Those same risks could be hidden by changes in how a property is zoned and used. As more millennials seek out a lifestyle that allows them to live and work in the same community, there has been a noticeable movement toward converting older structures into multi-unit apartments. The trend of redeveloping commercial and light industrial properties into mixed-use commercial and residential has REITs looking for such conversion opportunities.

These changes in zoning or end use are yet another area where hidden risks could lie.

These changes in zoning or end use are yet another area where hidden risks could lie. For example, Silicon Valley, which underwent rapid growth during the technology boom of the late 1990’s, has seen a noticeable shift in property needs as technology firms downsize. Prior to housing light industrial and research facilities, the area was agricultural. Initially, soil analysis may not have been conducted due to the intended use of the property. However, a change in zoning from industrial to residential often triggers a more stringent level of environmental testing and sometimes potential cleanup.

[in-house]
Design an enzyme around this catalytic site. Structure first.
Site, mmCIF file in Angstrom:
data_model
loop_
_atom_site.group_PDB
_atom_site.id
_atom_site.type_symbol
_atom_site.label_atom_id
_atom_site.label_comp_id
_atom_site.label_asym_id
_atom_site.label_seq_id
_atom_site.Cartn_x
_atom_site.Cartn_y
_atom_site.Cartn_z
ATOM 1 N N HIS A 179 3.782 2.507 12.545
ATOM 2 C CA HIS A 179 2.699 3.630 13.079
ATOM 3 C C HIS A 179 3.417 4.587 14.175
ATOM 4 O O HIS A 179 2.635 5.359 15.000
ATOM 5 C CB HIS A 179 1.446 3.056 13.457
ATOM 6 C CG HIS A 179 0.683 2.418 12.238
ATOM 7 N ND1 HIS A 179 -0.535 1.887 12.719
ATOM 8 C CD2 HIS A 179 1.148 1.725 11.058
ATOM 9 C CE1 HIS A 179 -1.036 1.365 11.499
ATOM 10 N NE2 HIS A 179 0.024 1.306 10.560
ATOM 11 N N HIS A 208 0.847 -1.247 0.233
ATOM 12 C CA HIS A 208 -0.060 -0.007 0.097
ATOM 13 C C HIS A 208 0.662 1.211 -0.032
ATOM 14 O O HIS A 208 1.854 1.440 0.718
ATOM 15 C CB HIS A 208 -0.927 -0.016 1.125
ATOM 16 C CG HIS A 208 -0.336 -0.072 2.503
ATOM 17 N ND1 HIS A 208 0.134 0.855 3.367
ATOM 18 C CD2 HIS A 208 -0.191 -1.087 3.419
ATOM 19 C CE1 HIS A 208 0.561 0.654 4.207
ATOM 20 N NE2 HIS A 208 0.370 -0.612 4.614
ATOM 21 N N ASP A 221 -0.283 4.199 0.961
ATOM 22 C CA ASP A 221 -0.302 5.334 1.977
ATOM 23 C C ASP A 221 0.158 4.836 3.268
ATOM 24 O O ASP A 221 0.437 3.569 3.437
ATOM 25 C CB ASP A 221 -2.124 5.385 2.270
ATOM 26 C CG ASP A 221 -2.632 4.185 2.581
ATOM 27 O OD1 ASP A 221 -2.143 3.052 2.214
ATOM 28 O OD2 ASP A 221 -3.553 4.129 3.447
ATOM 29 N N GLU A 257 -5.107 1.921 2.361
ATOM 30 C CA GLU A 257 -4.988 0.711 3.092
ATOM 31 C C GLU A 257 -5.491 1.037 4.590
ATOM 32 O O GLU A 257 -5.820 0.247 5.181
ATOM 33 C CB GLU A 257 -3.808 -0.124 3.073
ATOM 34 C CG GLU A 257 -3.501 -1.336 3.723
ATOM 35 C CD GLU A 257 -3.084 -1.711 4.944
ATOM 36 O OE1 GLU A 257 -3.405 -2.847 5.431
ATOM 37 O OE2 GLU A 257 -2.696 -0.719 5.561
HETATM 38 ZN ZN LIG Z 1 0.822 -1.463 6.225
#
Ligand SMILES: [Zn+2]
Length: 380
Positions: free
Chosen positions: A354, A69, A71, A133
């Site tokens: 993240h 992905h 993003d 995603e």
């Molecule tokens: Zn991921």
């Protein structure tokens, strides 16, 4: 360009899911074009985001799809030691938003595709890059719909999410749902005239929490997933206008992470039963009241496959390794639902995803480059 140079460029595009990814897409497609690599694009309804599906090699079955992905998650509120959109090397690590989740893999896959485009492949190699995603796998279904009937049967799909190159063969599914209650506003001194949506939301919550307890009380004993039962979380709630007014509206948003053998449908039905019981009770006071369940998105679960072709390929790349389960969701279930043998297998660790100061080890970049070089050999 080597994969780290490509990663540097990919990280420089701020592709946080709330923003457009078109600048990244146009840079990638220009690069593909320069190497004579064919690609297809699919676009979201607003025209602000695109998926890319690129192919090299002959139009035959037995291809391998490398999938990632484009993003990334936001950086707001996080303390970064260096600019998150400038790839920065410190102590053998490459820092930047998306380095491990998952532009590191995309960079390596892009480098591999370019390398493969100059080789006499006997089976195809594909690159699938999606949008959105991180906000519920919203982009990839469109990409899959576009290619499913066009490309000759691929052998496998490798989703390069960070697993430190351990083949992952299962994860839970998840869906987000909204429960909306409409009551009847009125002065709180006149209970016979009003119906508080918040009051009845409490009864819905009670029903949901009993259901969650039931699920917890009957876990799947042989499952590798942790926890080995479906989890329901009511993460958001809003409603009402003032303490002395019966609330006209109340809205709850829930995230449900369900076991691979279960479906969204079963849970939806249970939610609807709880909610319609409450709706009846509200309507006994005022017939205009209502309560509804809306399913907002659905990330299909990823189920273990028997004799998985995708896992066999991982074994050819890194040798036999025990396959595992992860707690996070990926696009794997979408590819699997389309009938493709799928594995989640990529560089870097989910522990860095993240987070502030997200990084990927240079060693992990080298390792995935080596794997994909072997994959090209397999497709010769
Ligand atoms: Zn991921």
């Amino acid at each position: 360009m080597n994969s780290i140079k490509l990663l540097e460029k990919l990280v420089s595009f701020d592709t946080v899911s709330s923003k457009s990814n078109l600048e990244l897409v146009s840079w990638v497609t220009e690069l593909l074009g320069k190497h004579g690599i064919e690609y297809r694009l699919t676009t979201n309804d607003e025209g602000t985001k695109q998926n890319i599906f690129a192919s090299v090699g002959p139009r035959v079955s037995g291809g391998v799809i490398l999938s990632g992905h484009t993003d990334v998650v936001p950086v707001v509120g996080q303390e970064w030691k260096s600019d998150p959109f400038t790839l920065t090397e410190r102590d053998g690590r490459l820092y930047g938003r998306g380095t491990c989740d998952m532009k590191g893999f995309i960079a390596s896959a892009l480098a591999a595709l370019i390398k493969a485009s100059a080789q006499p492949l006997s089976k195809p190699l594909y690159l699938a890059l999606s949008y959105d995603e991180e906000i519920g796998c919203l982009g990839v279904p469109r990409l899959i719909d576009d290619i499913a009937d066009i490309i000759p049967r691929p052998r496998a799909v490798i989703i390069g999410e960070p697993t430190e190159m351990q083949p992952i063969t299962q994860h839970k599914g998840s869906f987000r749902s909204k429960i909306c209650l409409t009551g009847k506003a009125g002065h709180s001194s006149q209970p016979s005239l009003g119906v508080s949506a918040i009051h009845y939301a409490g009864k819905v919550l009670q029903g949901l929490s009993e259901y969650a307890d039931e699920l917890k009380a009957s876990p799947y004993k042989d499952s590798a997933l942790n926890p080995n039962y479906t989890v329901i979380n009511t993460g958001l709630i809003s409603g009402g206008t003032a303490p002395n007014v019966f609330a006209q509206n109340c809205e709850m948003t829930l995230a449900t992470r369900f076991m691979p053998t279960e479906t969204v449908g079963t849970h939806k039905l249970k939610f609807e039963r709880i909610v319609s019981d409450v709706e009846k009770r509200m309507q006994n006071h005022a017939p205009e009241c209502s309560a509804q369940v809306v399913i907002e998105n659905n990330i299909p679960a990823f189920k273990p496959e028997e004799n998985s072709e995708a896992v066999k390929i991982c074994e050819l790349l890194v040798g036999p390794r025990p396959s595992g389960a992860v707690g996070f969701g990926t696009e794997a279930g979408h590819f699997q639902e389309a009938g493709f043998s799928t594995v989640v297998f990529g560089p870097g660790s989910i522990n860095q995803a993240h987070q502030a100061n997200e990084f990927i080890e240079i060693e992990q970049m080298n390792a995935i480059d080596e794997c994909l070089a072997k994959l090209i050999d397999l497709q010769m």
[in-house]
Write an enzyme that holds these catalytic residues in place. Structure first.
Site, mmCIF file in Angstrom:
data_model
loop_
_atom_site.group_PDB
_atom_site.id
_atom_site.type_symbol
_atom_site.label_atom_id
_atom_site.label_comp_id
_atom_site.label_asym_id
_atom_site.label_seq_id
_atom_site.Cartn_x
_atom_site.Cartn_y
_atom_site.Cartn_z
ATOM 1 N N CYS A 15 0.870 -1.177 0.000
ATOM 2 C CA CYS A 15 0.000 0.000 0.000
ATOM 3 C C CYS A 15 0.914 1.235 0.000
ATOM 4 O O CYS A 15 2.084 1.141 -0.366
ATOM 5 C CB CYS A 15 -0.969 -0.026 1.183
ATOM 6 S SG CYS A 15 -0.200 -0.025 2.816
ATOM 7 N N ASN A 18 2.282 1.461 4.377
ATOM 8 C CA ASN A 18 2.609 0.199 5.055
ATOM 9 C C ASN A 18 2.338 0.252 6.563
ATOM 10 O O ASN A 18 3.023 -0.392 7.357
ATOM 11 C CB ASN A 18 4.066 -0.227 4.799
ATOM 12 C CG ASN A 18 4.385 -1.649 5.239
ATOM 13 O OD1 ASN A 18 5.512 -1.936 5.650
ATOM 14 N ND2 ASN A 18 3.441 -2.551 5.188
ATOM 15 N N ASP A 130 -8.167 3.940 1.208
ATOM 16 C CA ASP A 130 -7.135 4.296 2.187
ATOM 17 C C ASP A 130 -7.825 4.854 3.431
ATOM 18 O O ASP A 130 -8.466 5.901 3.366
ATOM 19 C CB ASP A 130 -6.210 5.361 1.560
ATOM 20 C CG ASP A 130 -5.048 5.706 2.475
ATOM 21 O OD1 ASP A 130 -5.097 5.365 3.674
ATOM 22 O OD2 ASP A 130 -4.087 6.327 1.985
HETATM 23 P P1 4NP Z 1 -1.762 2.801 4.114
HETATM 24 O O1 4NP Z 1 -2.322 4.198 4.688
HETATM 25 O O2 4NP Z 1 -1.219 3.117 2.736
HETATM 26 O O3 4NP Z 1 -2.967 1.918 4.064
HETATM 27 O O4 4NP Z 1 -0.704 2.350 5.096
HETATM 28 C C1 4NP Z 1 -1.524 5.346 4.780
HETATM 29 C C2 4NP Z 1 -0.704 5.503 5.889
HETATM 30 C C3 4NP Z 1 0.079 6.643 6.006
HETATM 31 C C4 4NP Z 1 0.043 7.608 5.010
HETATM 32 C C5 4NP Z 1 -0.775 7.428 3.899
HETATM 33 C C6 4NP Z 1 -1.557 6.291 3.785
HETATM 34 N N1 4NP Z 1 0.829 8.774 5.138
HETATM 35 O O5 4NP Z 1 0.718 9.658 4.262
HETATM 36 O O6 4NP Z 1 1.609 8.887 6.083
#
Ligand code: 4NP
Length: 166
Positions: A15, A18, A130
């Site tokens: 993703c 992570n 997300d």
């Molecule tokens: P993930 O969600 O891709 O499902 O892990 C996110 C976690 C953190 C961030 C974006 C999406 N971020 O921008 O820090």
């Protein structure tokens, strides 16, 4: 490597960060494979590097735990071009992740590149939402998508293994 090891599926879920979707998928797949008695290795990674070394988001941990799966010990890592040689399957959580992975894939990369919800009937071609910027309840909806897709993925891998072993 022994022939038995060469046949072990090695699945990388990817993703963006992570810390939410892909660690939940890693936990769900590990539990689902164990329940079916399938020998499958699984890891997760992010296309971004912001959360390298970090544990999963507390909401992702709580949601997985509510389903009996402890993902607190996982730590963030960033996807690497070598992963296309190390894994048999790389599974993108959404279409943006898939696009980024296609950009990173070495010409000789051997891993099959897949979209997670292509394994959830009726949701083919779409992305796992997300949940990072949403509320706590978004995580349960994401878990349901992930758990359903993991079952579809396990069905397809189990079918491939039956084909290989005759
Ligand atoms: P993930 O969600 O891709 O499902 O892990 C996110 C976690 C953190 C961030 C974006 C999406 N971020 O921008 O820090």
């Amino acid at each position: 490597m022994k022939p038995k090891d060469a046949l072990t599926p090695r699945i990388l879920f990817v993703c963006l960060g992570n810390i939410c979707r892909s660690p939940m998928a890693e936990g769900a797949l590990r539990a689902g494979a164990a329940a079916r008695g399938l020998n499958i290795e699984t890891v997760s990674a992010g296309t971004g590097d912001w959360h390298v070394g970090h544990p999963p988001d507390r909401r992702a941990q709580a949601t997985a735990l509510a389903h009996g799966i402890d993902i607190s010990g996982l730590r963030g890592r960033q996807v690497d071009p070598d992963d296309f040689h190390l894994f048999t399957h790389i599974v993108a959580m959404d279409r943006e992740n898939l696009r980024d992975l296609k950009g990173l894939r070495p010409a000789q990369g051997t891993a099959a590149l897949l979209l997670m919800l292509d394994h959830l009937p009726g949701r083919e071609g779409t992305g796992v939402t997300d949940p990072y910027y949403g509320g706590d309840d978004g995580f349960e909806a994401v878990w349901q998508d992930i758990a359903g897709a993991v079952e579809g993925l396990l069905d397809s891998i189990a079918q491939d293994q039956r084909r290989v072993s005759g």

In fact, many proposed redevelopments that shift use to residential will typically come with additional requirements to sample soil and groundwater. Even if prior industrial or commercial uses did not impact the site, it is possible that historic agricultural use may have resulted in the presence of pesticides/herbicides or heavy metals. Sampling results will be evaluated using the stricter requirements for residential properties.

That could mean an increased exposure for REITs. By conducting a Phase 1 ESA, buyers can see a more comprehensive portrait of the environmental risks associated with the property and determine if additional investigation is warranted. Soil, soil gas, and groundwater sampling and a risk assessment may need to be performed before the site can be redeveloped for different uses.